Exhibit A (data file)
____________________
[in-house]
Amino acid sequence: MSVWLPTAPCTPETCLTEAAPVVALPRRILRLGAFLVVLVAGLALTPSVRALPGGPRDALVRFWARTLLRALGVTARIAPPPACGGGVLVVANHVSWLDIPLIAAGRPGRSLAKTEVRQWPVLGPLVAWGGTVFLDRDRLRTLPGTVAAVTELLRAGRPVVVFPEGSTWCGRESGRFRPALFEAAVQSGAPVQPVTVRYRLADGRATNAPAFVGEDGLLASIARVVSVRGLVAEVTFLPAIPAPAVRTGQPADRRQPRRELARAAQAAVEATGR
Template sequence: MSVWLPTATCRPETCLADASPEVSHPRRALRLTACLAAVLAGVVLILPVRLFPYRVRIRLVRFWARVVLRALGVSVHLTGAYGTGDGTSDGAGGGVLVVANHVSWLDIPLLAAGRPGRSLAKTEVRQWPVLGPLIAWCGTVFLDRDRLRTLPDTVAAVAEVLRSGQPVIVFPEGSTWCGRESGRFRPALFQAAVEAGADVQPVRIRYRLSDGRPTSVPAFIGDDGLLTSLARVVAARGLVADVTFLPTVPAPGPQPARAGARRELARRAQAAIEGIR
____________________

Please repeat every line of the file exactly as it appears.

[in-house]
Amino acid sequence: MSVWLPTAPCTPETCLTEAAPVVALPRRILRLGAFLVVLVAGLALTPSVRALPGGPRDALVRFWARTLLRALGVTARIAPPPACGGGVLVVANHVSWLDIPLIAAGRPGRSLAKTEVRQWPVLGPLVAWGGTVFLDRDRLRTLPGTVAAVTELLRAGRPVVVFPEGSTWCGRESGRFRPALFEAAVQSGAPVQPVTVRYRLADGRATNAPAFVGEDGLLASIARVVSVRGLVAEVTFLPAIPAPAVRTGQPADRRQPRRELARAAQAAVEATGR
Template sequence: MSVWLPTATCRPETCLADASPEVSHPRRALRLTACLAAVLAGVVLILPVRLFPYRVRIRLVRFWARVVLRALGVSVHLTGAYGTGDGTSDGAGGGVLVVANHVSWLDIPLLAAGRPGRSLAKTEVRQWPVLGPLIAWCGTVFLDRDRLRTLPDTVAAVAEVLRSGQPVIVFPEGSTWCGRESGRFRPALFQAAVEAGADVQPVRIRYRLSDGRPTSVPAFIGDDGLLTSLARVVAARGLVADVTFLPTVPAPGPQPARAGARRELARRAQAAIEGIR